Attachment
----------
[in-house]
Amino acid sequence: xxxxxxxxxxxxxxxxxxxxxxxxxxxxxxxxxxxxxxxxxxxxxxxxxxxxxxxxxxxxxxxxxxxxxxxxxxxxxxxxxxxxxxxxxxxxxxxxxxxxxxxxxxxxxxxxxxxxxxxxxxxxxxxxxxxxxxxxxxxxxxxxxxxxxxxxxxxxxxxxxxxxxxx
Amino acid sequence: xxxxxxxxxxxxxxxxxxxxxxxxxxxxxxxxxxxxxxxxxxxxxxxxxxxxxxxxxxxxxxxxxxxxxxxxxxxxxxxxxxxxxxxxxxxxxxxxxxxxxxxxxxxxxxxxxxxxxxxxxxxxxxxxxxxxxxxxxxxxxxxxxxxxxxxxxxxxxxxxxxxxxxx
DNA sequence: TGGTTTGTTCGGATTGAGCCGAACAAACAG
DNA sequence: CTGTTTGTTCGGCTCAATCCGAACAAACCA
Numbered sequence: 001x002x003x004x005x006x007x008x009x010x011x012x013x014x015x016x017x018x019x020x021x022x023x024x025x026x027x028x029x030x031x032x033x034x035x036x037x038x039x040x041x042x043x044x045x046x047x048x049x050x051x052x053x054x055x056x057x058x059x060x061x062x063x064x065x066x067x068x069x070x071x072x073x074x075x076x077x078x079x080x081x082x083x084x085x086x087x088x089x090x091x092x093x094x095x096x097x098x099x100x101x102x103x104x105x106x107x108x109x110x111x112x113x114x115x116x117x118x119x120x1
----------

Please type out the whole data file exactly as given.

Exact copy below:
[in-house]
Amino acid sequence: xxxxxxxxxxxxxxxxxxxxxxxxxxxxxxxxxxxxxxxxxxxxxxxxxxxxxxxxxxxxxxxxxxxxxxxxxxxxxxxxxxxxxxxxxxxxxxxxxxxxxxxxxxxxxxxxxxxxxxxxxxxxxxxxxxxxxxxxxxxxxxxxxxxxxxxxxxxxxxxxxxxxxxx
Amino acid sequence: xxxxxxxxxxxxxxxxxxxxxxxxxxxxxxxxxxxxxxxxxxxxxxxxxxxxxxxxxxxxxxxxxxxxxxxxxxxxxxxxxxxxxxxxxxxxxxxxxxxxxxxxxxxxxxxxxxxxxxxxxxxxxxxxxxxxxxxxxxxxxxxxxxxxxxxxxxxxxxxxxxxxxxx
DNA sequence: TGGTTTGTTCGGATTGAGCCGAACAAACAG
DNA sequence: CTGTTTGTTCGGCTCAATCCGAACAAACCA
Numbered sequence: 001x002x003x004x005x006x007x008x009x010x011x012x013x014x015x016x017x018x019x020x021x022x023x024x025x026x027x028x029x030x031x032x033x034x035x036x037x038x039x040x041x042x043x044x045x046x047x048x049x050x051x052x053x054x055x056x057x058x059x060x061x062x063x064x065x066x067x068x069x070x071x072x073x074x075x076x077x078x079x080x081x082x083x084x085x086x087x088x089x090x091x092x093x094x095x096x097x098x099x100x101x102x103x104x105x106x107x108x109x110x111x112x113x114x115x116x117x118x119x120x1